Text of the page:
In 1981 I'd avoided the TV coverage of the royal wedding and taken myself off somewhere. So to keep up my traditional response to such events, I spent last Friday at the new Bosworth Battlefield Centre. I say new, as it was actually upgraded and re-opened a couple of years ago and although it's less than an hours travel from my front door I'd not visited yet.
As I expected it wasn't busy (!). Little from the original exhibitions appears to have been retained - although for those of you who have been before those excellent 'Action Man' size figures dressed in finely made armour are still there (but I'm afraid I forgot to take photos of them). The centre is now more 'hands on' and interactive, as is the approach these days. Information is provided in many different formats; one being short films of charcters, some actual some fictional, played by actors in contemporary dress who, at the touch of a button, share their feelings and thoughts about the events before and after the battle.
The political events of the Wars of the Roses are briefly covered, as they relate to the lead up to Bosworth battle. Medieval life and warfare are also portrayed; plenty of reproduction weapons, artifacts and armour are on display. Theres also extensive use of the excellent colour illustrations from related Osprey books, those by Gerry Embleton and Graham Turner. These are displayed overized and it's amazing how impressive they still look at a much bigger size. There's replica armour to try on and an interactive task of arming a knight, even using the option of French terminolgy for the pieces. The battle has an audio commentary, supported by film of re-enactors and an animated display of the main movements of the forces of Henry, Richard and the Stanleys. There is then a considerable amount of space given over to the Tudors (all of them), which I suppose is probably as this is the main point of referecence for most visitors and particularly school children who study them.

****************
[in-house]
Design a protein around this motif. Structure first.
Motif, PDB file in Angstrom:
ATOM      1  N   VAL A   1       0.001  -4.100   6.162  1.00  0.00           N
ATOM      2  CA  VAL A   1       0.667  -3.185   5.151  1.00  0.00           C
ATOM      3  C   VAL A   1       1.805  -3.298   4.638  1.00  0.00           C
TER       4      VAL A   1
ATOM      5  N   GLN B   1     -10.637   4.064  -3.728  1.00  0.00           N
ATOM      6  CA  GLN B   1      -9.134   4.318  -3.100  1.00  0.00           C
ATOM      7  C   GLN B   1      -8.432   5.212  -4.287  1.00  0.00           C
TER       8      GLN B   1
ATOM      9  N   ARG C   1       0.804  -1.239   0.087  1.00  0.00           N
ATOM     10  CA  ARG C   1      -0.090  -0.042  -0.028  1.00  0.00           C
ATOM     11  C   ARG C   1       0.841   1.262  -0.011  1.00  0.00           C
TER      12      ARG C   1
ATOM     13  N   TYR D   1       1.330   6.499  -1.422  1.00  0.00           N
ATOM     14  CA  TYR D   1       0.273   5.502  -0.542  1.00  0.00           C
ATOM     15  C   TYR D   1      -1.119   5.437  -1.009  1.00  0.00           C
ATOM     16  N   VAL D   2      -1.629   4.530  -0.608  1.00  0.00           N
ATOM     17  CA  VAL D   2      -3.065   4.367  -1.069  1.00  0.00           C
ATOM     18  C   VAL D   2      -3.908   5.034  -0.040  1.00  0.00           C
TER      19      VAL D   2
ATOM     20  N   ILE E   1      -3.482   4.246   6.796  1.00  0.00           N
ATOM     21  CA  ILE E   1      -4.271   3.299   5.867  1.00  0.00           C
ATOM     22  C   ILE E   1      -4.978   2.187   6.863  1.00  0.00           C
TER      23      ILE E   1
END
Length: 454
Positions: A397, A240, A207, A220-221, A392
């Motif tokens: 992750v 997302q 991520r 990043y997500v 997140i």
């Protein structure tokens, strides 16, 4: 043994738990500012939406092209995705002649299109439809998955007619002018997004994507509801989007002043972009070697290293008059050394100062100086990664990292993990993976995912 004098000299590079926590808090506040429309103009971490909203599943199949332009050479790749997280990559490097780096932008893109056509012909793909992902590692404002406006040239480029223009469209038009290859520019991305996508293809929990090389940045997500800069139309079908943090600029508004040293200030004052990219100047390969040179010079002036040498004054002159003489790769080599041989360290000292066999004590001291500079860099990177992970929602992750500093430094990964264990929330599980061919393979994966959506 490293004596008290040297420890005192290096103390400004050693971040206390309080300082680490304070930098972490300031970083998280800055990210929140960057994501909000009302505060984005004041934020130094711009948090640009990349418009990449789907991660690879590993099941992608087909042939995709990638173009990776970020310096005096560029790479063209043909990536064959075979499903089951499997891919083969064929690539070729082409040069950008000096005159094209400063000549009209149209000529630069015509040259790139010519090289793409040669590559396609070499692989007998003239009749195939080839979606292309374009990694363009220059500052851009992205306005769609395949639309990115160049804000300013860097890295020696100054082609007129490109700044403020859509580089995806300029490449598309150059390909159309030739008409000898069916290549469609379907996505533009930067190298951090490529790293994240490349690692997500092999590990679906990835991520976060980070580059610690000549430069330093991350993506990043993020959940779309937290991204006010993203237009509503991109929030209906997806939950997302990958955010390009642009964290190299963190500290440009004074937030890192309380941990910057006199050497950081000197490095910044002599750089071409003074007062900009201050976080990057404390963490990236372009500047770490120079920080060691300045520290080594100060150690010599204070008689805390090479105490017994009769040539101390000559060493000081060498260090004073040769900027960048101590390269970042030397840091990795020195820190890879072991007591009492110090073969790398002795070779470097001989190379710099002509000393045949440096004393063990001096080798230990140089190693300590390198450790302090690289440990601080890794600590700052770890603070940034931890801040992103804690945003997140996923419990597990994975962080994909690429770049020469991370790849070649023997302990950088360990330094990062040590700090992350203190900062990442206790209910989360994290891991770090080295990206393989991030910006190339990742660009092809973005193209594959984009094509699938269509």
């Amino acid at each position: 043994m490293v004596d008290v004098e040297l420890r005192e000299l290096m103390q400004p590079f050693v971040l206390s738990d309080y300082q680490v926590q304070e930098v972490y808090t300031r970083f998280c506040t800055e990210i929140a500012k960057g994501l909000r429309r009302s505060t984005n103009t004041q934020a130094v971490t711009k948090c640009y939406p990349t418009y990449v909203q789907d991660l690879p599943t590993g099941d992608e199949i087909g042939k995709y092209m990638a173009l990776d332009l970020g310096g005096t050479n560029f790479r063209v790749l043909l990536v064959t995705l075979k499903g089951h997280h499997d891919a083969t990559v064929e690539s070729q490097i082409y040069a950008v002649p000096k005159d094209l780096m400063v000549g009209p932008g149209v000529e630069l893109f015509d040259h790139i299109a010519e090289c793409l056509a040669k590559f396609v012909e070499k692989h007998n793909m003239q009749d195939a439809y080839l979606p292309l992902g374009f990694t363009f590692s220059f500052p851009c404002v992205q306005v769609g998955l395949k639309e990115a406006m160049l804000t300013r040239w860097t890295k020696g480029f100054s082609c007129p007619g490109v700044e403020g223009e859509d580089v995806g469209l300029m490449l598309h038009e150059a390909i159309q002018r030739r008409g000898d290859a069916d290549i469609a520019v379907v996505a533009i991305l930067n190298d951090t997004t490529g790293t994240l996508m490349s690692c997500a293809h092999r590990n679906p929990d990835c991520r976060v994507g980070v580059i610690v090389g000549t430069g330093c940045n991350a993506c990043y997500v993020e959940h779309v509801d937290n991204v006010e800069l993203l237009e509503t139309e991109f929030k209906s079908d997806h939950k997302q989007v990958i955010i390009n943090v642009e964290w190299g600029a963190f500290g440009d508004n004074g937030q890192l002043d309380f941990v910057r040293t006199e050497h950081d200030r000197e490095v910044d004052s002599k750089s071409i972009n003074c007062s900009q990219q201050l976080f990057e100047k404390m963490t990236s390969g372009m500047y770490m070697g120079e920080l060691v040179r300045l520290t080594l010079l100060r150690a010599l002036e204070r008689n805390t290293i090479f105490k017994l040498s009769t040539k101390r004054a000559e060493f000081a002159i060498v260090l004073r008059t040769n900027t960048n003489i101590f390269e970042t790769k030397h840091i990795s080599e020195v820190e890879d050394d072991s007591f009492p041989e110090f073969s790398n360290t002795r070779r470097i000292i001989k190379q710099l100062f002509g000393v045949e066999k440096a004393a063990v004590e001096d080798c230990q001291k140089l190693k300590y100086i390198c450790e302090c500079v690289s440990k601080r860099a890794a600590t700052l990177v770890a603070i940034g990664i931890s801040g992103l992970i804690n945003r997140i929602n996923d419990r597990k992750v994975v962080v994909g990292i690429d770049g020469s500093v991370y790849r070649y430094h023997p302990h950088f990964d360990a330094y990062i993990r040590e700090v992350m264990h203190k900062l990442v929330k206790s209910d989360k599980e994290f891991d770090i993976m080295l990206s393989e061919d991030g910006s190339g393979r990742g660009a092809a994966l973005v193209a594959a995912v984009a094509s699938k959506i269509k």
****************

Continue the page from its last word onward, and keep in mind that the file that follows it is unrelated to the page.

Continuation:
The highlight for me were the rooms which covered the archeological project undertaken in the last few years on the battlefield site, which has resulted in the finds and the likely relocation of the battlefield site towards Dadlington, rather than Ambion Hill where the Centre is. This is covered in some depth and all the finds appear to be on display there, including the artillery shot, the boar badge and other metal items.
Outside the centre there is an established walk, which is currenly being upgraded and which is due to complete in 'Spring 2011' - anytime now really. The walk covers the old traditional site on Ambion Hill (possibly still where the royal army encamped on the night before the battle) but it takes you away from the revised site somewhat, through Ambion Wood and past 'Richard's well'. A new sundial and viewing point is under construction, which will give a vista across towards Dadlington and the revised battle site, but as this is about 2 miles away you only get a slight sense of the battlefield layout.
Overall it's a high quality museum and succeeds in giving a very accessible understanding of the battle and wars, indeed it's won a recent award as best small museum. I spent a very enjoyable couple of hours there and my only disappointment was that the shop didn't stock boxes of Perry plastics, so I couldn't use my Battlefield Trust discount to increase my stockpile - Nick at North Star should take note of a sales opportunity!